Nate Silver has an interesting, if partial, analysis of statistics comparing modes of transportation based on the National Household Travel Survey. He wonders why Americans prefer to drive long distances than fly, and calculates the costs to be generally cheaper if one flies.
Today the Poughkeepsie Journal did the same thing for the costs of commuting by car or rail. (Unfortunately the website doesn’t include the charts.) Rail is cheaper, but the comparison leaves out the cost of time.
Both comparisons depend on a variety of factors, including, among other things, the number of passengers, the length of the trip, whether you’ll need a car to get around at your destination, the bulk and mass of your cargo, and so forth, none of which are really taken into account. For us, trips generally involve six passengers and gear. This rapidly decreases the value proposition of plane or train travel since we’re dividing the total cost by six, making our own personal mass transit more affordable.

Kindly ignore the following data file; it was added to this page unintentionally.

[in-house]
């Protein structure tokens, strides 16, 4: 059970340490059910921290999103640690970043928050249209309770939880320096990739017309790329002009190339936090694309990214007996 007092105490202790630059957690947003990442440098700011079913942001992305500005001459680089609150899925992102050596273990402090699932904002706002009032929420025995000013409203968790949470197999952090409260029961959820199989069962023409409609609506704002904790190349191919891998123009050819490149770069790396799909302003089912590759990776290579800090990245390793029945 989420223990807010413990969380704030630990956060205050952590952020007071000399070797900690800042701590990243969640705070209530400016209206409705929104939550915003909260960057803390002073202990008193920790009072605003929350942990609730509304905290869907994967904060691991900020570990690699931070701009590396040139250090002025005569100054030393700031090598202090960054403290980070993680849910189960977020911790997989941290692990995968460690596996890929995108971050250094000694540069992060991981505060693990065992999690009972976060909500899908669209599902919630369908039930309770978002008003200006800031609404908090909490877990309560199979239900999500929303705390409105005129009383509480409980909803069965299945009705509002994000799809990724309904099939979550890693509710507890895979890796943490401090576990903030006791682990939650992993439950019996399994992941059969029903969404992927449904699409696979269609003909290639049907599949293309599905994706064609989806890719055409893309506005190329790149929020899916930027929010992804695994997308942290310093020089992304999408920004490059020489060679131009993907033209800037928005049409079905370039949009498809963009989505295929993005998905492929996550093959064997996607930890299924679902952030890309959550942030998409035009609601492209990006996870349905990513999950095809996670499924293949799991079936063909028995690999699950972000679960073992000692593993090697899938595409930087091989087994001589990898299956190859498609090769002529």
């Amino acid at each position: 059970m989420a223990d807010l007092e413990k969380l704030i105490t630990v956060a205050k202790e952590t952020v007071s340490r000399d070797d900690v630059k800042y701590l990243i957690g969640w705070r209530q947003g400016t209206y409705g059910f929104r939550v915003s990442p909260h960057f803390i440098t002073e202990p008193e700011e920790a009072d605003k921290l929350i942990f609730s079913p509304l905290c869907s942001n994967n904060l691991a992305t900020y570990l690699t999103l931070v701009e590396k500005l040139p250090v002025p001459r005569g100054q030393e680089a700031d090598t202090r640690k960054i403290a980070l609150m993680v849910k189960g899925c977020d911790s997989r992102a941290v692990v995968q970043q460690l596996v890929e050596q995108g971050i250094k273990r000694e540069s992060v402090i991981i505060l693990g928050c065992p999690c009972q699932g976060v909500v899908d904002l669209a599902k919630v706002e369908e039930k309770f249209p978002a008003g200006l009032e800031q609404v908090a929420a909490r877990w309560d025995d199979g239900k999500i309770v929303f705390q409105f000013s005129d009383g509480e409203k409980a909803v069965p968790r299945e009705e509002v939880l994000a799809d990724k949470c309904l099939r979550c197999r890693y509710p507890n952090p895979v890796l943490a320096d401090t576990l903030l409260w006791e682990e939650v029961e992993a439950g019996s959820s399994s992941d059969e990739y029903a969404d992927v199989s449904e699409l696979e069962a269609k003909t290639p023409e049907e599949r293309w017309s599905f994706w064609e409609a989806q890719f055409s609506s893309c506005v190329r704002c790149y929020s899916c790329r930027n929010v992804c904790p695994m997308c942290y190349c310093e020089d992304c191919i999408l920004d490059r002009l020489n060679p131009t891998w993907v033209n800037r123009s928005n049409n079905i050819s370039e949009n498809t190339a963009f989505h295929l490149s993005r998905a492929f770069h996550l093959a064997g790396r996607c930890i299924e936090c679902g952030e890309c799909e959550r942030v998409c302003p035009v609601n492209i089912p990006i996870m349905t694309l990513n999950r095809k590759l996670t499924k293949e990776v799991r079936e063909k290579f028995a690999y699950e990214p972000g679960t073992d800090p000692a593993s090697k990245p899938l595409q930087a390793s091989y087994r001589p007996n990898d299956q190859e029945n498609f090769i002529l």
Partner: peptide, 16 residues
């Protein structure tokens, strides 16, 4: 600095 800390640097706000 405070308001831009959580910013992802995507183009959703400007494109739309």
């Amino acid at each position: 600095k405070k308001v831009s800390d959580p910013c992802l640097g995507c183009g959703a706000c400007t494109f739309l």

It doesn’t help that Amtrak’s prices this year are the same as last year’s, while JetBlue’s have gone down.